ADM Harry B. Harris, Jr.
Commander, U.S. Pacific Command
Before the Senate Armed Services Committee
2016 February 23
Thank you Chairman McCain, Senator Reed, and distinguished members. It's my honor to appear once again before this committee. Before I begin, on behalf of all the men and women of U.S. Pacific Command, I'd like to wish Senator McCaskill a speedy and full recovery.
I'm pleased to be here with General Scaparrotti to discuss how PACOM is advancing America's interests across the vast Indo-Asia-Pacific. I request, sir, that my written posture statement be submitted for the record.
Since taking command of PACOM last May, I've had the extraordinary privilege of leading the 400,000 Soldiers, Sailors, Airmen, Marines, Coast Guardsmen and civilians serving our nation. These dedicated men and women, and their families, are doing an amazing job and I'm proud to serve alongside them. I'd like to briefly highlight a few regional issues since I last testified before this committee 5 months ago.
As China continues its pattern of destabilizing militarization of the South China Sea, we resumed our freedom of navigation operations there -- a waterway vital to America's prosperity where $5.3 trillion in trade traverses each year.
General Scaparrotti and I remain fully aligned in dealing with North Korea's recent underground nuclear test followed by a ballistic missile launch.
A revanchist Russia is revitalizing its ability to execute long-range strategic patrols in the Pacific, to include the basing of its newest strategic ballistic missile submarine and last month's bomber flights around Japan.
Recent terrorist attacks in Bangladesh and Indonesia underscore the fact that violent Islamic extremism is a global concern that must be crushed.
We've continued to strengthen our alliances and partnerships. Japan's Peace and Security legislation authorizing limited collective self-defense will take effect this year. This legislation and the revised Guidelines for U.S.-Japan Defense Cooperation will significantly increase Japan's ability to work with us.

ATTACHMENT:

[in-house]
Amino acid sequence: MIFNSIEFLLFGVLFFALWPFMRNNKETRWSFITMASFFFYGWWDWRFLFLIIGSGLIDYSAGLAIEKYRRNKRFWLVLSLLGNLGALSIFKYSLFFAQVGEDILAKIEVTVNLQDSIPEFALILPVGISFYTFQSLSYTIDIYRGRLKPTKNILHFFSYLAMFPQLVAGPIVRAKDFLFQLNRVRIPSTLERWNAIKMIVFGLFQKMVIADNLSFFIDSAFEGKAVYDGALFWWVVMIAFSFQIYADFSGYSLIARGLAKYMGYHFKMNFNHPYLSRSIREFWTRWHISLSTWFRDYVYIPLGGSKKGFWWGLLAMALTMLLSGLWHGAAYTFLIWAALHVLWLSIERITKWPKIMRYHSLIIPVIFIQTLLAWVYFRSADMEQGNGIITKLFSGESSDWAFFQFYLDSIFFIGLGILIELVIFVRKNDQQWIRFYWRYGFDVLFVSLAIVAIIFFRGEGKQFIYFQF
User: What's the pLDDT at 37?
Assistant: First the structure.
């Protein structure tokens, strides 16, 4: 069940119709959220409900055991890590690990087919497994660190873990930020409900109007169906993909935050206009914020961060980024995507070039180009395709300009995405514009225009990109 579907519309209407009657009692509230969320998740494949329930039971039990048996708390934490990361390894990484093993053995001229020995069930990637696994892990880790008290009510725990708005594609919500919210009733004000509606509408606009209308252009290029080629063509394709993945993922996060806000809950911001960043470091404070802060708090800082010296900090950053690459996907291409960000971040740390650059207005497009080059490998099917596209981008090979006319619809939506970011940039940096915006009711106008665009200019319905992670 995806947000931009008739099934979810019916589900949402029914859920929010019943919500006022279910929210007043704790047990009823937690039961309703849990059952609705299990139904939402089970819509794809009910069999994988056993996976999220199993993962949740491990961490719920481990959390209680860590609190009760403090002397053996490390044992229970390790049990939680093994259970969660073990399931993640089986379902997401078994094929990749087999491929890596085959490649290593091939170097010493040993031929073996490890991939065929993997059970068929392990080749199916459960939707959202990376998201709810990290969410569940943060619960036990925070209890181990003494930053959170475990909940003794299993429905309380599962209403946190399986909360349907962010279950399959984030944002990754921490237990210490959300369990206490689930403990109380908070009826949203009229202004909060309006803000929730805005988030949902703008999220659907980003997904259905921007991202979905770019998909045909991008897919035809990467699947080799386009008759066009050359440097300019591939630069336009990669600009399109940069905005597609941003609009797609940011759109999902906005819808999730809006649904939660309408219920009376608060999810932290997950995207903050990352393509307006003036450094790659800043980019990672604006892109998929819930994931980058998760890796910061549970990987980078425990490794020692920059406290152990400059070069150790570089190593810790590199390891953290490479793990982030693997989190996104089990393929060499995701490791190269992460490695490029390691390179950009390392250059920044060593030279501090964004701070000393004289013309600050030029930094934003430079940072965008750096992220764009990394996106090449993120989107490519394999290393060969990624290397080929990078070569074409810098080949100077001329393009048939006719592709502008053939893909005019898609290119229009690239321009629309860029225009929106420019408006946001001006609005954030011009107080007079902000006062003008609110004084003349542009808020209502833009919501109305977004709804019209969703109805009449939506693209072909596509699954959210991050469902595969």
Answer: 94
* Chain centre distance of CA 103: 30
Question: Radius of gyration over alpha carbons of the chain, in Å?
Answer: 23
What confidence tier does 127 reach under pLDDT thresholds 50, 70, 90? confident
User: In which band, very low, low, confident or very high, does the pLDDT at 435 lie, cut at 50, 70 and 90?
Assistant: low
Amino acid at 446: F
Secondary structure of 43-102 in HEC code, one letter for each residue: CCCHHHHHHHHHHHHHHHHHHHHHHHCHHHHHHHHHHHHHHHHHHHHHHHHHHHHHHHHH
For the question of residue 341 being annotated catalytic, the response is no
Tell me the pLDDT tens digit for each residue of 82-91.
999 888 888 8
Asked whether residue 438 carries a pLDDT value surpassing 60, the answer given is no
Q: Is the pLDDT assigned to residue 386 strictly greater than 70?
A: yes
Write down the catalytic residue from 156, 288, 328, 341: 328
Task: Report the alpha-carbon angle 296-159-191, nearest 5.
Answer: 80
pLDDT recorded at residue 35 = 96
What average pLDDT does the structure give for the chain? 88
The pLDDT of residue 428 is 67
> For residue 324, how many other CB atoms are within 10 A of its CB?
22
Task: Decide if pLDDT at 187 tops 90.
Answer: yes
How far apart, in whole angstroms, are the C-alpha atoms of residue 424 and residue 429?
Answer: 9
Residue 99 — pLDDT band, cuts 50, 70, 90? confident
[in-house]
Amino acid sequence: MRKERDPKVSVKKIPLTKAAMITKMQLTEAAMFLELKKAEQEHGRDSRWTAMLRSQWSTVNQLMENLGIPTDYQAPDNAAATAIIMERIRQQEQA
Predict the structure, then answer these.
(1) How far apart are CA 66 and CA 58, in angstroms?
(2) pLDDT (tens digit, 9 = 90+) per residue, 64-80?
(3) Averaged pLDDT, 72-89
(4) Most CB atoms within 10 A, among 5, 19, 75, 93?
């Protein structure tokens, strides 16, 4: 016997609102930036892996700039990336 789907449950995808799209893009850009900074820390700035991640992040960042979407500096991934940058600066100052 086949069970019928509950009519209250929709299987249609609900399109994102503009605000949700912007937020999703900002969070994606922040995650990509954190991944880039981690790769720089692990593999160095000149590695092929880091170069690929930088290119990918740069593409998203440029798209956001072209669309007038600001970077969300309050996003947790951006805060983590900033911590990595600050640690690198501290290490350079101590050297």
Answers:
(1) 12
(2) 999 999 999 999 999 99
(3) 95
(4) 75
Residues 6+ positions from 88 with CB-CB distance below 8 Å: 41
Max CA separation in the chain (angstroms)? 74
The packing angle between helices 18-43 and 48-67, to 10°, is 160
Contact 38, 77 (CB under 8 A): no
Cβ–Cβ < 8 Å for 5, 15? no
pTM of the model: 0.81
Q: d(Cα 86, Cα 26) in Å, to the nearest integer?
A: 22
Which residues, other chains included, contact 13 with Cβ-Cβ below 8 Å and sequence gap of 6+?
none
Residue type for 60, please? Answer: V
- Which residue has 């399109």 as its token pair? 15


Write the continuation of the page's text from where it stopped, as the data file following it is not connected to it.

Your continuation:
Thanks to the great leadership of General Scaparrotti, South Korea and the United States have taken a strong and unified stance to maintain peace and stability on the Korean Peninsula.
In the face of recent North Korean aggression, PACOM hosted a tri-CHOD meeting between U.S. Chairman of the Joint Chiefs General Dunford, Japanese Chairman Admiral Kawano and South Korea Chairman General Lee. Tri-lateral cooperation between Japan, South Korea and the United States is a priority, and I'm doing everything I can to enhance it.
Our alliance with the Philippines took an important step forward when the Philippine Supreme Court recently upheld the Enhanced Defense Cooperation Agreement, or E.D.C.A., which will provide significant partnership and access benefits. I'm also excited about our burgeoning relationship with India, where I will visit next week. As the world's two largest democracies, we are uniquely poised to help bring greater security and prosperity to the entire region. Two visionary policies are now coinciding, as the United States "Rebalances" west to the Indo-Asia-Pacific and India implements its "Act East" policy. Last October's Malabar exercise between India, Japan and the United States shows the security interconnectedness of the Indian Ocean, Asia, and the Pacific Ocean.
I rely heavily on Australia -- not only for its advanced military capabilities across all domains -- but, importantly, for Australia's warfighting experience and leadership in operations around the world.
These examples clearly demonstrate to me that the United States is the security partner of choice in the Indo-Asia-Pacific. It's also why I believe that our strategic Rebalance has taken hold.
Given that four of the five strategic problem sets identified by Secretary Carter -- China, North Korea, Russia and ISIL -- are in our region, I'd say that we can't Rebalance fast enough.
But there's more work to do and we must not lose the momentum. So I ask this committee to support continued investment in future capabilities. I need weapons systems of increased lethality that go faster, go further, and are more survivable. If funding uncertainties continue, the U.S. will experience reduced warfighting capabilities, so I urge Congress to repeal sequestration.
Finally, I'd like to thank this committee and Congress for your enduring support to PACOM and to the men and women in uniform, our civilian teammates, and our families. Thank you and I look forward to your questions.